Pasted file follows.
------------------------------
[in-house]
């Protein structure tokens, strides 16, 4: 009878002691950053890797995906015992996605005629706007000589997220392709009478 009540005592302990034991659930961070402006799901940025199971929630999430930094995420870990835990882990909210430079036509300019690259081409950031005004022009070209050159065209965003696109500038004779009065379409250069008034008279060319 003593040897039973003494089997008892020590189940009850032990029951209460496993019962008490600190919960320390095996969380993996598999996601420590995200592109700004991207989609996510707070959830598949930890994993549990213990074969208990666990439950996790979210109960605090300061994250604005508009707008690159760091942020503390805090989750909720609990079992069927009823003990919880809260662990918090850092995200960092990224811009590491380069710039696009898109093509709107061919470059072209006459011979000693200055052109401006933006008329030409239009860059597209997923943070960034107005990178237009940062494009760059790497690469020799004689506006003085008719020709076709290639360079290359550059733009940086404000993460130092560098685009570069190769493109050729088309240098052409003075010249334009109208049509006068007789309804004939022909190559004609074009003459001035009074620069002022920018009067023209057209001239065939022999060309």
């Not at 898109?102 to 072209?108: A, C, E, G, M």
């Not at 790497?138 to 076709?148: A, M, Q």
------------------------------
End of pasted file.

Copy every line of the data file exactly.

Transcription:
[in-house]
């Protein structure tokens, strides 16, 4: 009878002691950053890797995906015992996605005629706007000589997220392709009478 009540005592302990034991659930961070402006799901940025199971929630999430930094995420870990835990882990909210430079036509300019690259081409950031005004022009070209050159065209965003696109500038004779009065379409250069008034008279060319 003593040897039973003494089997008892020590189940009850032990029951209460496993019962008490600190919960320390095996969380993996598999996601420590995200592109700004991207989609996510707070959830598949930890994993549990213990074969208990666990439950996790979210109960605090300061994250604005508009707008690159760091942020503390805090989750909720609990079992069927009823003990919880809260662990918090850092995200960092990224811009590491380069710039696009898109093509709107061919470059072209006459011979000693200055052109401006933006008329030409239009860059597209997923943070960034107005990178237009940062494009760059790497690469020799004689506006003085008719020709076709290639360079290359550059733009940086404000993460130092560098685009570069190769493109050729088309240098052409003075010249334009109208049509006068007789309804004939022909190559004609074009003459001035009074620069002022920018009067023209057209001239065939022999060309």
């Not at 898109?102 to 072209?108: A, C, E, G, M």
């Not at 790497?138 to 076709?148: A, M, Q």